Celestial Navigation, an Introduction.

Having a working knowledge of Celestial Navigation is often put forward as a back up for GPS and all those other electronic aids we rely on theses days.

Fortunately however, it is unusual for modern equipment to go wrong.

And GPS sets are so cheap that most folk keep a spare, complete with spare batteries, in a waterproof container, just in case.

So why take the time and trouble to learn about this ancient art / science?

Well one could ask why do people go to sea in small boats, climb mountains, etc?

Perhaps we all have an inbuilt need to connect to our environment or even an aspiration to the divine.

Besides, there is tremendous satisfaction from being able to truly place ourselves, not just on the surface of our little planet but within the breath-taking beauty of the heavens.

Ptolemy / Copernicus

Looking for a Sextant?

Thanks to the GPS you know where you are, you can check your position against the sextant, see the difference, note any little errors, gradually correct them and become almost as good s the GPS itself.
 (Bernard Moitessier)

For the purposes of celestial navigation on the surface of our planet you don't need to know about any of those crazy Copernican ideas of the universe. 

As far as we are concerned the pre-Copernican, Ptolemaic notions of what we see up there are sufficient.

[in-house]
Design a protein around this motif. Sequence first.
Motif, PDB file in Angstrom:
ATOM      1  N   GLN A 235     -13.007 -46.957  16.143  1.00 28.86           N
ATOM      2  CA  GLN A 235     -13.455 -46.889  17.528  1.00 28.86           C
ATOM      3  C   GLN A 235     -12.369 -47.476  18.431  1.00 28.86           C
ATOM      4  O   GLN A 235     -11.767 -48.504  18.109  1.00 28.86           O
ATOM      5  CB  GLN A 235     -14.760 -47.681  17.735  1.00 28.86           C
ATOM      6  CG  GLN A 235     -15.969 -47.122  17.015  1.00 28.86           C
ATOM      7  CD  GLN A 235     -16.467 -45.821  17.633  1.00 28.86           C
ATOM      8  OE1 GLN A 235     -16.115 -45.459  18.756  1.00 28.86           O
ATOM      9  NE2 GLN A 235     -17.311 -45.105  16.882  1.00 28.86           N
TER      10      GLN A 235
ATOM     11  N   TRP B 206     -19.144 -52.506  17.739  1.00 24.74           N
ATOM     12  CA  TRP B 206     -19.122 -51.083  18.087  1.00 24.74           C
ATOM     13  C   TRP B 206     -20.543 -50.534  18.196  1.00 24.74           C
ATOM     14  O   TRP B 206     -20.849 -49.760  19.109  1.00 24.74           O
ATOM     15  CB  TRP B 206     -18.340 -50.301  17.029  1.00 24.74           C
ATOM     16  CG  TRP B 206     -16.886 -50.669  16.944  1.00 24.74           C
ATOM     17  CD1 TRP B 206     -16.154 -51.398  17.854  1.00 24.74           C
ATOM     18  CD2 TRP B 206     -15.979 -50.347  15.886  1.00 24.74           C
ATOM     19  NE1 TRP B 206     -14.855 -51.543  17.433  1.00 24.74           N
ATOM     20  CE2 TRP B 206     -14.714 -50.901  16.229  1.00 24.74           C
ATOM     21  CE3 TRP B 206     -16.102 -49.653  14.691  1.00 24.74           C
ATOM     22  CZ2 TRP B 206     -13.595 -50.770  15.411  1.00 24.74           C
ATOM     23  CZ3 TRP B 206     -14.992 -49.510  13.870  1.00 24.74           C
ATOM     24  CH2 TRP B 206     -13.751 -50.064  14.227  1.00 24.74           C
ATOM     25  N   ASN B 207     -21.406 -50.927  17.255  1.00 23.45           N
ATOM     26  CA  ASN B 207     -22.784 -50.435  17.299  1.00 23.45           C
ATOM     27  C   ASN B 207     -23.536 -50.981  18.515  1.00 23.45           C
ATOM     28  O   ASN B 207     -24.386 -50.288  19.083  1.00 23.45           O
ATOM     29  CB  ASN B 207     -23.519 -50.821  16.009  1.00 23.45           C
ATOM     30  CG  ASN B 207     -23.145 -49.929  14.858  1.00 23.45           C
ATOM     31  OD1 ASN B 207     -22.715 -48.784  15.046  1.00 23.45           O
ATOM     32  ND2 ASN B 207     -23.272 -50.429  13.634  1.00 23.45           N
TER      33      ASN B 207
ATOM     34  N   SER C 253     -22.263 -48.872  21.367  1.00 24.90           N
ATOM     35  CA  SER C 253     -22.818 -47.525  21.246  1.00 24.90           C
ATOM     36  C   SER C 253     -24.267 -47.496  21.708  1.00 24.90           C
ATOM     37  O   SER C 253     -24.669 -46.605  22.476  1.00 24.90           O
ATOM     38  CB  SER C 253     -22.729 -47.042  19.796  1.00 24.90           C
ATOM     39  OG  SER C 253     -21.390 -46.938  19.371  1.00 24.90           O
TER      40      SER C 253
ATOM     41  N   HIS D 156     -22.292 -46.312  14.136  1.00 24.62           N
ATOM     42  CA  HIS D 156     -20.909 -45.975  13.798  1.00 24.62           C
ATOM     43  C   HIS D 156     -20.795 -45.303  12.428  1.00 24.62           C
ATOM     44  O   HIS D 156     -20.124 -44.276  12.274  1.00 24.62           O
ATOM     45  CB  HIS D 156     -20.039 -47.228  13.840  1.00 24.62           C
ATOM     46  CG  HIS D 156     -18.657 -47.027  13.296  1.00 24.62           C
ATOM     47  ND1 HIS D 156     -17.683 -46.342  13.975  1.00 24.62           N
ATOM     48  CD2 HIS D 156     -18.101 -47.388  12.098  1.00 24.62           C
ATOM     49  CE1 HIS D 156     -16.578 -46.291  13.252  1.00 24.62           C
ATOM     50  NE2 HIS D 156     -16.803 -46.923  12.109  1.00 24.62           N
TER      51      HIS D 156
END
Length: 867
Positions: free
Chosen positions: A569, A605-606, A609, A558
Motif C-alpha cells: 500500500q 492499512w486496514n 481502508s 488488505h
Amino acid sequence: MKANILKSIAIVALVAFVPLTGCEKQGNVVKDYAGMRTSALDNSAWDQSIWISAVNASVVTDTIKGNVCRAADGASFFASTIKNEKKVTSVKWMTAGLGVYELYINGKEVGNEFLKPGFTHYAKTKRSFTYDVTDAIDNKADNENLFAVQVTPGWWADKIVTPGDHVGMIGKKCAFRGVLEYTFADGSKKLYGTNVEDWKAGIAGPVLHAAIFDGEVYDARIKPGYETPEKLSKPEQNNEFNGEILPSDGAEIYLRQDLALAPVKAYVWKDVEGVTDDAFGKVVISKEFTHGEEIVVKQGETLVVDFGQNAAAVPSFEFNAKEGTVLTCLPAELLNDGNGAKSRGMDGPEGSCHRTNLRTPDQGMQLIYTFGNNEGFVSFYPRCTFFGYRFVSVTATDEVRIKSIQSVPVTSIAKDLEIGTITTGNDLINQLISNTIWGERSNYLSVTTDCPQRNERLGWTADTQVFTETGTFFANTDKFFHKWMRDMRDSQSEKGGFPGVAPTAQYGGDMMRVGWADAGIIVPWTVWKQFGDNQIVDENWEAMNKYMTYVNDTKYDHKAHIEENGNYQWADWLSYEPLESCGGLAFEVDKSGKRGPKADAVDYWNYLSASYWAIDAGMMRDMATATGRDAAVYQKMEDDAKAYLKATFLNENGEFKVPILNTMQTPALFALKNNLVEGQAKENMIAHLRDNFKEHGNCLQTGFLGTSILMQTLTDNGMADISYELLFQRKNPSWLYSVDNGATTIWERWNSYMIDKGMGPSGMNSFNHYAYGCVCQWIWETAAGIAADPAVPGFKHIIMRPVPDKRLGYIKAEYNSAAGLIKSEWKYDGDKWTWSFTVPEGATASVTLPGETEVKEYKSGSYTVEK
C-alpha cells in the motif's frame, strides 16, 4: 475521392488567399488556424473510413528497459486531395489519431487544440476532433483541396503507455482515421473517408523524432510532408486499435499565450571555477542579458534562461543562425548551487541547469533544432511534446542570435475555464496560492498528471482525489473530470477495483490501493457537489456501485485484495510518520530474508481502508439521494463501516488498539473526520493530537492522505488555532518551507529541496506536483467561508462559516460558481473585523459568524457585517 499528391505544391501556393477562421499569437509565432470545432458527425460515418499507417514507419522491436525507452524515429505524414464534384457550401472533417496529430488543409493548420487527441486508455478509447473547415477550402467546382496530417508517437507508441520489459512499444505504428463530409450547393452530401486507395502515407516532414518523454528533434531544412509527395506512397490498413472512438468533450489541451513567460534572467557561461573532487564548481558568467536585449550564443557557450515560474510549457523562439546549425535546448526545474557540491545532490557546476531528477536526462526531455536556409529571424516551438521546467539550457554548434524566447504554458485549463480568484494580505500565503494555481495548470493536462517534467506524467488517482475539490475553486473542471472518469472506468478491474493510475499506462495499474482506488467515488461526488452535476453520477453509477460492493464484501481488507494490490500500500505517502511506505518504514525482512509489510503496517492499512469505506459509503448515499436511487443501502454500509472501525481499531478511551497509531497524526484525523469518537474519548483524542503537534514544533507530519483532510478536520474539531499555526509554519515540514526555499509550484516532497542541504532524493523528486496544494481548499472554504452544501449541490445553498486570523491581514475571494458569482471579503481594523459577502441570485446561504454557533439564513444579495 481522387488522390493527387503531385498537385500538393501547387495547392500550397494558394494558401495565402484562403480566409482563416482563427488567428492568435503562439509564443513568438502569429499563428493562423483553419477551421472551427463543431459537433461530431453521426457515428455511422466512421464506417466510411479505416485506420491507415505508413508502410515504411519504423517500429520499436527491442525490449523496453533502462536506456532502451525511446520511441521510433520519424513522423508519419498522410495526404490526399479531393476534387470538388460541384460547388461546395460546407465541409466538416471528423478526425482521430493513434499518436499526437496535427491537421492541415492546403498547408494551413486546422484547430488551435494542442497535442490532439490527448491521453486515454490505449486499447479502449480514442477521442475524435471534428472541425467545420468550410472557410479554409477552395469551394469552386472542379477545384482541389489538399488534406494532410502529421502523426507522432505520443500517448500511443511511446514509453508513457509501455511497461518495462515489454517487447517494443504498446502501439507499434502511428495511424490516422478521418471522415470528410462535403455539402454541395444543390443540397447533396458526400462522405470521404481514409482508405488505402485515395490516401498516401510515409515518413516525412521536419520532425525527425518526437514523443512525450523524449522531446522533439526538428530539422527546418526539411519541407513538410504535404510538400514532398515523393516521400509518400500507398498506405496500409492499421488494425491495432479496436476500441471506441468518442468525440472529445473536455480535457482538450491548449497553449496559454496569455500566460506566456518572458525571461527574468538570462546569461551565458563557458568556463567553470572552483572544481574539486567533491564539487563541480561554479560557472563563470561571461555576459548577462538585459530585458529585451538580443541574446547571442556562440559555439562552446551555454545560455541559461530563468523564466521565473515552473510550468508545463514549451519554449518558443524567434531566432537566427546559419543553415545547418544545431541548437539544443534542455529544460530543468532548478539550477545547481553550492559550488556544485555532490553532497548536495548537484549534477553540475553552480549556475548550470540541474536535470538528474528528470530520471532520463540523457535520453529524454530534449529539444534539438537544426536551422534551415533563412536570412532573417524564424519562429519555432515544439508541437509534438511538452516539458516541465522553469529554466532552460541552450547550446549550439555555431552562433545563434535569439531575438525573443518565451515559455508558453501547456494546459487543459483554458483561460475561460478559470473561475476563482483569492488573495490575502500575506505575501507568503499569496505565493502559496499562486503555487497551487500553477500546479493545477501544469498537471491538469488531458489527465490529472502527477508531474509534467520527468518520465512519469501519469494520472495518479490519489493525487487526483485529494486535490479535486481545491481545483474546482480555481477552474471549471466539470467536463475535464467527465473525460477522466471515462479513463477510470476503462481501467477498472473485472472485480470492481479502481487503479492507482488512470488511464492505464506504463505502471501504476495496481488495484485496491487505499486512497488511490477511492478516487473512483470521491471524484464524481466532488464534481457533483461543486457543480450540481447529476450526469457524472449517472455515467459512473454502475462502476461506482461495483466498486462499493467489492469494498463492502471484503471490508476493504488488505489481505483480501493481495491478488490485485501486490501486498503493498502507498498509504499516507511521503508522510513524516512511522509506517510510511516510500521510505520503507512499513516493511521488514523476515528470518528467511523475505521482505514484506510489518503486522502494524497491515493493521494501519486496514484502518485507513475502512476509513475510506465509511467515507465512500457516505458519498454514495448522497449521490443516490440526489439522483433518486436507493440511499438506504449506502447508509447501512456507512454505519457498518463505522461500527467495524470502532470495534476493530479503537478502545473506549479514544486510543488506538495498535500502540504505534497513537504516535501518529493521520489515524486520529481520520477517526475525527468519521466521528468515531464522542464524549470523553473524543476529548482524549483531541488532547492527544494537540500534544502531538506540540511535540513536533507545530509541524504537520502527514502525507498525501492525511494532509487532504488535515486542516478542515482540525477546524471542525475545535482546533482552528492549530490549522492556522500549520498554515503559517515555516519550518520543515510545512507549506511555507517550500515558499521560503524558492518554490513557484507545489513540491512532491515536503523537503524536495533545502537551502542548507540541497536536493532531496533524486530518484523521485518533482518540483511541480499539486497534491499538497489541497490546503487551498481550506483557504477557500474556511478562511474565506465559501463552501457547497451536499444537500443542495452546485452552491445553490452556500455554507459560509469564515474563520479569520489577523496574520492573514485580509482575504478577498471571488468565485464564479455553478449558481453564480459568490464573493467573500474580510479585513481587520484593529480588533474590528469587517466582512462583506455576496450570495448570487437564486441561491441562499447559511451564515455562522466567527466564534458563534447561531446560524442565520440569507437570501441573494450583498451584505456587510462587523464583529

Of course it is always good to know what really is going on, but for now all we need is to be aware of what we can see.

And what we see up there are the Sun, Moon, Stars, and Planets marching in step across the sky. 

They all rise to our east and set in the west. 

Now, imagine that all these celestial bodies are on the inside surface of an immense crystal globe which encloses the earth. 

And imagine that this crystal globe has an equator, north and south poles, latitude and longitude which reflect those of the earth.

Our celestial sphere now has a grid system which we can use, just like the lat and long on earth, to locate the position of celestial objects in relation to us.

The Celestial Spheres.

So, now we earth bound navigators have two spheres to consider. 

The first is the surface of the earth, the second is the inside surface of that imaginary crystal globe surrounding the earth. 

On both spheres we use the same imaginary sets of coordinates, latitude and longitude. 

We use this grid system to pinpoint the location of anything on either sphere.

The grid on the celestial sphere is a projection of the grid on the terrestrial sphere. 

So if you were stood at the Earth's North Pole directly above your head would be the Celestial North Pole. 

And by the same token the Celestial equator would be directly above someone stood on the earth's equator.

OK, so far so good, now it starts to get a bit complicated.

The equivalents of the terrestrial latitude lines are called lines of Declination on the celestial sphere. 

While longitude line equivalents become Hour Circles on the celestial sphere.

And where longitude, on the terrestrial sphere is measured through 180 degrees east or west of the Greenwich meridian, on the celestial sphere it is numbered from 0° all the way around to 360°.

And the 0° hour circle known as the Celestial Meridian is known as the First Point of Aries.